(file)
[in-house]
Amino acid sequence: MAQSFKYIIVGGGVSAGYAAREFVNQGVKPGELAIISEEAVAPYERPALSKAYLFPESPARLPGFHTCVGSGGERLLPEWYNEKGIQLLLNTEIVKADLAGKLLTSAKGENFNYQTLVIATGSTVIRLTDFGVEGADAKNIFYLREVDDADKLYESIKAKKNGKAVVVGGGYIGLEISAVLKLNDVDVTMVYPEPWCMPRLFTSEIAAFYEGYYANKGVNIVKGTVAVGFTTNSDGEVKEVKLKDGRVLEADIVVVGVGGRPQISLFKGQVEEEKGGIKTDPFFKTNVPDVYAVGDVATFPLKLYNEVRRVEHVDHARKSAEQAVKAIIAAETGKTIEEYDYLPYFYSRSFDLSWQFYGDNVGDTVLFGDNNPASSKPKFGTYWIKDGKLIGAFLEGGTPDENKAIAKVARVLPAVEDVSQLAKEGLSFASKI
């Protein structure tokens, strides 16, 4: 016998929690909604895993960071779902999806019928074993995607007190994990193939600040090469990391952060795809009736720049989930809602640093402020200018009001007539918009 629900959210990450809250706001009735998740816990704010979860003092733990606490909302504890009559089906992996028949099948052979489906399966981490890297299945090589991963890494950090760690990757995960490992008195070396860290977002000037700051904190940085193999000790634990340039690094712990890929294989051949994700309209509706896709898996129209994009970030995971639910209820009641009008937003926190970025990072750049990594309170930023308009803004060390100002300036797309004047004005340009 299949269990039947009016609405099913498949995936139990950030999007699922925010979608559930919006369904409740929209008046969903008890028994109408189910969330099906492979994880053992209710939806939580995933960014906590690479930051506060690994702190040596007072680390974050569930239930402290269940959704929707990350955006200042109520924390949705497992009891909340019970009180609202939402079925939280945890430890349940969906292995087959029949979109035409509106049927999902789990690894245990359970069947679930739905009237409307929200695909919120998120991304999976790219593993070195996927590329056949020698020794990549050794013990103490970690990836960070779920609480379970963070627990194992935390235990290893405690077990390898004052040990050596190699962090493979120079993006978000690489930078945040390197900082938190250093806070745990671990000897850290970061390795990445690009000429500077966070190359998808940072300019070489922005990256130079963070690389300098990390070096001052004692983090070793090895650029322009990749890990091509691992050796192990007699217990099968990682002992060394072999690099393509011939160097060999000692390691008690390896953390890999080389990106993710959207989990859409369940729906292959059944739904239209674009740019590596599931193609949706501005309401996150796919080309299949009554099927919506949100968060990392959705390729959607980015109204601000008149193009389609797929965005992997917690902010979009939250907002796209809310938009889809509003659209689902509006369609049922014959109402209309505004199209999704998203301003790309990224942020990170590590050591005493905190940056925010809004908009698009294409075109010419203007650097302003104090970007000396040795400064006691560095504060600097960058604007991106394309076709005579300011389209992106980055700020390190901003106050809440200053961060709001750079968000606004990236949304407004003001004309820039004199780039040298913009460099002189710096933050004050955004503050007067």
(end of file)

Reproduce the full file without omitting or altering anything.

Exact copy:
[in-house]
Amino acid sequence: MAQSFKYIIVGGGVSAGYAAREFVNQGVKPGELAIISEEAVAPYERPALSKAYLFPESPARLPGFHTCVGSGGERLLPEWYNEKGIQLLLNTEIVKADLAGKLLTSAKGENFNYQTLVIATGSTVIRLTDFGVEGADAKNIFYLREVDDADKLYESIKAKKNGKAVVVGGGYIGLEISAVLKLNDVDVTMVYPEPWCMPRLFTSEIAAFYEGYYANKGVNIVKGTVAVGFTTNSDGEVKEVKLKDGRVLEADIVVVGVGGRPQISLFKGQVEEEKGGIKTDPFFKTNVPDVYAVGDVATFPLKLYNEVRRVEHVDHARKSAEQAVKAIIAAETGKTIEEYDYLPYFYSRSFDLSWQFYGDNVGDTVLFGDNNPASSKPKFGTYWIKDGKLIGAFLEGGTPDENKAIAKVARVLPAVEDVSQLAKEGLSFASKI
């Protein structure tokens, strides 16, 4: 016998929690909604895993960071779902999806019928074993995607007190994990193939600040090469990391952060795809009736720049989930809602640093402020200018009001007539918009 629900959210990450809250706001009735998740816990704010979860003092733990606490909302504890009559089906992996028949099948052979489906399966981490890297299945090589991963890494950090760690990757995960490992008195070396860290977002000037700051904190940085193999000790634990340039690094712990890929294989051949994700309209509706896709898996129209994009970030995971639910209820009641009008937003926190970025990072750049990594309170930023308009803004060390100002300036797309004047004005340009 299949269990039947009016609405099913498949995936139990950030999007699922925010979608559930919006369904409740929209008046969903008890028994109408189910969330099906492979994880053992209710939806939580995933960014906590690479930051506060690994702190040596007072680390974050569930239930402290269940959704929707990350955006200042109520924390949705497992009891909340019970009180609202939402079925939280945890430890349940969906292995087959029949979109035409509106049927999902789990690894245990359970069947679930739905009237409307929200695909919120998120991304999976790219593993070195996927590329056949020698020794990549050794013990103490970690990836960070779920609480379970963070627990194992935390235990290893405690077990390898004052040990050596190699962090493979120079993006978000690489930078945040390197900082938190250093806070745990671990000897850290970061390795990445690009000429500077966070190359998808940072300019070489922005990256130079963070690389300098990390070096001052004692983090070793090895650029322009990749890990091509691992050796192990007699217990099968990682002992060394072999690099393509011939160097060999000692390691008690390896953390890999080389990106993710959207989990859409369940729906292959059944739904239209674009740019590596599931193609949706501005309401996150796919080309299949009554099927919506949100968060990392959705390729959607980015109204601000008149193009389609797929965005992997917690902010979009939250907002796209809310938009889809509003659209689902509006369609049922014959109402209309505004199209999704998203301003790309990224942020990170590590050591005493905190940056925010809004908009698009294409075109010419203007650097302003104090970007000396040795400064006691560095504060600097960058604007991106394309076709005579300011389209992106980055700020390190901003106050809440200053961060709001750079968000606004990236949304407004003001004309820039004199780039040298913009460099002189710096933050004050955004503050007067």